Right of vote for Overseas Pakistanis

THE Supreme Court has directed the National Database and Registration Authority (NADRA) to develop software within ten weeks for enabling the overseas Pakistanis to cast their votes in the upcoming general election, scheduled to be held this year. Hearing the case a three-member Bench of the Apex Court asked the Pakistan Tehreek-i-Insaf (PTI), which is one of the petitioners as to why the party did not raise this issue of voting rights for overseas Pakistanis in Parliament adding that is not the job of the judiciary to take cognizance in the matter.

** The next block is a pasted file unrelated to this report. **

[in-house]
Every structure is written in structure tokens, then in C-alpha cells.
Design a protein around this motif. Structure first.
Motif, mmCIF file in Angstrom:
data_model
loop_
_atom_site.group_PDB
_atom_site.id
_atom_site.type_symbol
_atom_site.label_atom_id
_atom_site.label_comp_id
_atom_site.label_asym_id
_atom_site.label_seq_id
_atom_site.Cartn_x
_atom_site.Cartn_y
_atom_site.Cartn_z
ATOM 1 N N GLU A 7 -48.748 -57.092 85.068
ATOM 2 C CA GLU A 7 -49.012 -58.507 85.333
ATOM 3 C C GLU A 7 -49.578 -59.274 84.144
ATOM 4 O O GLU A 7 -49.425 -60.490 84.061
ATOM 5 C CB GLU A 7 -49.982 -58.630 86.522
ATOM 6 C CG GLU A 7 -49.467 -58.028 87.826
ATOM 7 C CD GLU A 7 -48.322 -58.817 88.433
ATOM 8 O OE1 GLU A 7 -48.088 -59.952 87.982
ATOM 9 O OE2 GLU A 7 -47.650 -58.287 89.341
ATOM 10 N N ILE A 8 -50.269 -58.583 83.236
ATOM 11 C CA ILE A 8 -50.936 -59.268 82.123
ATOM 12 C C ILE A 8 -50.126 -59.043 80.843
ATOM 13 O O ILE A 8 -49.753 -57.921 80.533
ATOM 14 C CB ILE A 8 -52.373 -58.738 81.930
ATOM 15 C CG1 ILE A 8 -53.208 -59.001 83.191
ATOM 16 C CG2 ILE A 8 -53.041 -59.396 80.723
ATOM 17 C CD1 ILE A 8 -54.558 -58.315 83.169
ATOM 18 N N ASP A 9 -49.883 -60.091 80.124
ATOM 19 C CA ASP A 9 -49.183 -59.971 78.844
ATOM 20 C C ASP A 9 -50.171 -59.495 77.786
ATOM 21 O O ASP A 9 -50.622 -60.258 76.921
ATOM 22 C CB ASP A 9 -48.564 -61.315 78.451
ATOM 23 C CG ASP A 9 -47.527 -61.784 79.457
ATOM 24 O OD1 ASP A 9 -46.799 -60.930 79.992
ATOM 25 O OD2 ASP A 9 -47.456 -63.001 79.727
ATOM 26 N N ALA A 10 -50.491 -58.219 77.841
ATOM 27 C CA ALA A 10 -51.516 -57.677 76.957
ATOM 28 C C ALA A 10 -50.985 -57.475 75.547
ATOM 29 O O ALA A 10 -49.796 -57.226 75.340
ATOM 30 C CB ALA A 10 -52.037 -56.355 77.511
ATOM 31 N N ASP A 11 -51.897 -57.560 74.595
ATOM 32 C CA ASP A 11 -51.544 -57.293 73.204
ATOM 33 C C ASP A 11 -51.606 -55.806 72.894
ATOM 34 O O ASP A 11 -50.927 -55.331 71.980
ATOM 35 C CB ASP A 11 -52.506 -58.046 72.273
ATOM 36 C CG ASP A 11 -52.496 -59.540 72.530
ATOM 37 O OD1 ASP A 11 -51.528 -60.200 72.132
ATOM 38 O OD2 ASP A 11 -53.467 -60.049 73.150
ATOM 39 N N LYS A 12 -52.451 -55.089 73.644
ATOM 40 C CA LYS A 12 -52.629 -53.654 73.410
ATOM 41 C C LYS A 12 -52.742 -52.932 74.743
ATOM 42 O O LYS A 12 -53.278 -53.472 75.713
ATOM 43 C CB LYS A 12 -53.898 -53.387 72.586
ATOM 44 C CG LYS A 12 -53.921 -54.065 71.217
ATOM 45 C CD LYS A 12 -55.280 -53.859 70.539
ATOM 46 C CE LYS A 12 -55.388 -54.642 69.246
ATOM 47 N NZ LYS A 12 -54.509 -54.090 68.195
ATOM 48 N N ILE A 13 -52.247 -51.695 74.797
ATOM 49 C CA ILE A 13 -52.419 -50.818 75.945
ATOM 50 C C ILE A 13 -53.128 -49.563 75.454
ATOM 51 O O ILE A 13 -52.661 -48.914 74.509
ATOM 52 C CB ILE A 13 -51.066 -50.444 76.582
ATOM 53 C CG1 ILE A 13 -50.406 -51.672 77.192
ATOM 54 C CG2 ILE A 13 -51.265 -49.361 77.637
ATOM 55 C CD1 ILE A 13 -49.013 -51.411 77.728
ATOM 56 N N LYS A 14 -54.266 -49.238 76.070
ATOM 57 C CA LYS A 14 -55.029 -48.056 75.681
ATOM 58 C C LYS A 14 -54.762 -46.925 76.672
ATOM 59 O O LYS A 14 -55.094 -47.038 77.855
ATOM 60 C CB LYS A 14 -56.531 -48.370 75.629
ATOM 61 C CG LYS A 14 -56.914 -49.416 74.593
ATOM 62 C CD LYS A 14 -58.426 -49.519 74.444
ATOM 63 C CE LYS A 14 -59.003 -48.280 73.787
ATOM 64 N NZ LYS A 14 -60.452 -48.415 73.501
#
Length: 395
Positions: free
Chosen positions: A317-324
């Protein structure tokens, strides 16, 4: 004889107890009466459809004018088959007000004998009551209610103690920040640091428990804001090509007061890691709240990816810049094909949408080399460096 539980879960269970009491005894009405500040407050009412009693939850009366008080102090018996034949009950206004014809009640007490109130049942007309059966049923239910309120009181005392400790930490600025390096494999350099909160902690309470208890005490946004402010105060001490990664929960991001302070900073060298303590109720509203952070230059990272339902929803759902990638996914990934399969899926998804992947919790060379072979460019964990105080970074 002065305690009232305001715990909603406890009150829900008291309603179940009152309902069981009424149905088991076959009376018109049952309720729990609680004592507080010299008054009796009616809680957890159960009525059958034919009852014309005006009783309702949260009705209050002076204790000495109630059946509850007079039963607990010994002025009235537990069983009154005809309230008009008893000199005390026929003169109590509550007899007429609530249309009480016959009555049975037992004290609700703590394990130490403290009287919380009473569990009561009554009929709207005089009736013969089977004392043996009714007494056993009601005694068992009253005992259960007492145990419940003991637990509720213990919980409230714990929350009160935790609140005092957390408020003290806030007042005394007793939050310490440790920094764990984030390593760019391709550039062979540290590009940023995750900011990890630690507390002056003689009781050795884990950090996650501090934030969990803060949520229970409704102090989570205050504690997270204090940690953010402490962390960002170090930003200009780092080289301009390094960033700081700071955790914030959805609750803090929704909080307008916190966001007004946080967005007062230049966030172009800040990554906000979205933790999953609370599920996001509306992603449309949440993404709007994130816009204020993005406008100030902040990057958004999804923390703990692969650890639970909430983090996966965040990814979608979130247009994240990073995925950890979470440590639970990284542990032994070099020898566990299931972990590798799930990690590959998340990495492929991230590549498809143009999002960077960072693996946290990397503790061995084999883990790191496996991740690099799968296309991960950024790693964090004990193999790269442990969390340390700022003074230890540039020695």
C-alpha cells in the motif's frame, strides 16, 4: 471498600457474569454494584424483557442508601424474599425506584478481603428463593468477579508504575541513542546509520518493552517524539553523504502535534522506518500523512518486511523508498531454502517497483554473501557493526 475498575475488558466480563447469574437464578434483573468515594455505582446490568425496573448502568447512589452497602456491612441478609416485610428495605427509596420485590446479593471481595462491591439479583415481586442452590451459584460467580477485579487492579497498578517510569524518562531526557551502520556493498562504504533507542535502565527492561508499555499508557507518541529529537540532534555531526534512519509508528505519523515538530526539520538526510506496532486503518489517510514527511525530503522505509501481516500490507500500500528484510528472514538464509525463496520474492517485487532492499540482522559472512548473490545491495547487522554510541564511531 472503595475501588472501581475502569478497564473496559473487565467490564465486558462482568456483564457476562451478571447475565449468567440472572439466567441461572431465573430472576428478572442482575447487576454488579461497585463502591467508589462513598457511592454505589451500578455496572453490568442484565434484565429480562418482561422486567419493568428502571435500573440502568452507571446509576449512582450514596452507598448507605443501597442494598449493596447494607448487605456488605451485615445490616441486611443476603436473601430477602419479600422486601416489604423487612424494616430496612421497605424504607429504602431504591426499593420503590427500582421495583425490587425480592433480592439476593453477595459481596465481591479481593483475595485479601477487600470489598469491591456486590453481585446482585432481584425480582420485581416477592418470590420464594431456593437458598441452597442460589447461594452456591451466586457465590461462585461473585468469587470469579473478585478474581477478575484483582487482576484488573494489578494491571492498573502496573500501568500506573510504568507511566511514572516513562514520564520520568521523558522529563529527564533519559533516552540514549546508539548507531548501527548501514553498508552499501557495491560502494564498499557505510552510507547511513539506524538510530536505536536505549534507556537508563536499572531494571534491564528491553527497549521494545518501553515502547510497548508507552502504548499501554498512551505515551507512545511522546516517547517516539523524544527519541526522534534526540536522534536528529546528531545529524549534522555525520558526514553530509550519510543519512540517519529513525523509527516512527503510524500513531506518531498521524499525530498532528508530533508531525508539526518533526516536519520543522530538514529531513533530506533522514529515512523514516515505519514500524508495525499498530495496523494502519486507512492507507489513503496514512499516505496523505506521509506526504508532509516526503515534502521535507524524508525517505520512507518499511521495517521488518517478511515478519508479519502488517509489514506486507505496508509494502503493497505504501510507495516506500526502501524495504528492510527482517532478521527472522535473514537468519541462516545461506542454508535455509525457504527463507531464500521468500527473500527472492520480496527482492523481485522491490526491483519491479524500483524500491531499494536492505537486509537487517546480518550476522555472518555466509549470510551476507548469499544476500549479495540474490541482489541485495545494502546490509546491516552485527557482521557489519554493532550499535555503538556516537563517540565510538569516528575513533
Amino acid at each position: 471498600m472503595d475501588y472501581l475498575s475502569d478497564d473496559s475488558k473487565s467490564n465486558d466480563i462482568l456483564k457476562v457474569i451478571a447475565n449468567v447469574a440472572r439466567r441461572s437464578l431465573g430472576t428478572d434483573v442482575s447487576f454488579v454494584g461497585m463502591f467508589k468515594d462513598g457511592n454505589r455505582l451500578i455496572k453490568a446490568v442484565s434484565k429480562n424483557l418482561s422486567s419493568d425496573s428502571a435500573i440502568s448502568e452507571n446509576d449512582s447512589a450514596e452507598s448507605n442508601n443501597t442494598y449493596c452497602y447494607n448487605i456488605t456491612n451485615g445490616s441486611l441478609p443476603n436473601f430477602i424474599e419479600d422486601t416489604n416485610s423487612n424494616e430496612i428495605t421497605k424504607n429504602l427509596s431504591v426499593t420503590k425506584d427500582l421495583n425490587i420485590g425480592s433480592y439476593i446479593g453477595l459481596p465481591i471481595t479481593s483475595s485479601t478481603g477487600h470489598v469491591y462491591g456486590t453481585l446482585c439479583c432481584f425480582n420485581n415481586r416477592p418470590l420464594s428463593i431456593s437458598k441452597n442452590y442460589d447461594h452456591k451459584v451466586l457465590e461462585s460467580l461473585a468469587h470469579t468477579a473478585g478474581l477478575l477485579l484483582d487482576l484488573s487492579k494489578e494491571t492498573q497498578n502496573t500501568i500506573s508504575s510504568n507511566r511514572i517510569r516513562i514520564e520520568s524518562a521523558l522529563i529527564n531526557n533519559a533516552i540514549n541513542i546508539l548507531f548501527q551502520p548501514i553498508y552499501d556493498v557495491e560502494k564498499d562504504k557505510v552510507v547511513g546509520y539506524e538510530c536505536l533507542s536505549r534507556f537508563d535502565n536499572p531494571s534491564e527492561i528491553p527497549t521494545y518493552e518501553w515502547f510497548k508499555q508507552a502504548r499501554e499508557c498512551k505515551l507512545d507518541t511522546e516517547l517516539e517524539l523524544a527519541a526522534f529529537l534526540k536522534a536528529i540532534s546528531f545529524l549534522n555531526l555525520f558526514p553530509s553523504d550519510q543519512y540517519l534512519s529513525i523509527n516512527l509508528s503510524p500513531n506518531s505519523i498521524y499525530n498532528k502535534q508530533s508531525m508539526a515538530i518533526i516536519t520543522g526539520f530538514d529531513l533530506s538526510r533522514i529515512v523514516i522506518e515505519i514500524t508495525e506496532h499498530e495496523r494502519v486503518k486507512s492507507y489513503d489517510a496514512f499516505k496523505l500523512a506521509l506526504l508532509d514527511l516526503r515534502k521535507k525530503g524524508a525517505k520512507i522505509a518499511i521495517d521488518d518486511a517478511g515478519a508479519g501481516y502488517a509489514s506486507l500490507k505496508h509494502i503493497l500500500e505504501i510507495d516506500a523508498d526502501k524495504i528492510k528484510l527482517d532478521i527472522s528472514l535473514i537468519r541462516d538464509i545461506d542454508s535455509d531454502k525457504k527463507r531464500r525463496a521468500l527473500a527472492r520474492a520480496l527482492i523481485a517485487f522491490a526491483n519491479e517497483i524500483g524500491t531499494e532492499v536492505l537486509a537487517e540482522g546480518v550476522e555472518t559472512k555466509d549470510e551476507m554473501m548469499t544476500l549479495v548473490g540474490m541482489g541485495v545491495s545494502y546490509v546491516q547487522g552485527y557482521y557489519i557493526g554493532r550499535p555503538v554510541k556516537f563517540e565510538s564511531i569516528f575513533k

Some parties are pushing the idea of voting rights for overseas Pakistanis starting from the coming general election and several petitioners have approached the Supreme Court to decide the matter. The court has so far not given a verdict to make voting by Overseas Pakistanis in the next elections as mandatory but its directions to NADRA to prepare a costly software within weeks indicates what the judgement could be. However, it is not the issue of legality or whether or not the Overseas Pakistanis should have a right to franchise as there is almost consensus on the issue but there are serious administrative and technological issues and barriers, introduction of the scheme without addressing those constraints could jeopardise the most important aspect of the elections i.e. their transparency and fairness. Online voting is, no doubt, easier and convenient, making it possible for any registered person to vote just through a few clicks. But the real problem is how to make the process secure and auditable for the masses. It is rightly pointed out that when you’re determining the future of a nation, even the smallest security flaw can have dire consequences. In addition, savvy hackers could potentially find ways to rig the outcome of elections, such as tampering with the way votes are submitted and counted or even cast votes for people who did not actually intend to vote. What’s more, without monitored polling locations, there’s no way to ensure that voters were not coerced into voting a certain way. It can also be difficult to prove the identity of the person who cast the online vote. We believe that it was because of these reasons that the Parliamentary Committee on Electoral Reforms left the matter for further deliberations. Therefore, there should be no rash action that could cast doubt on the entire electoral process.

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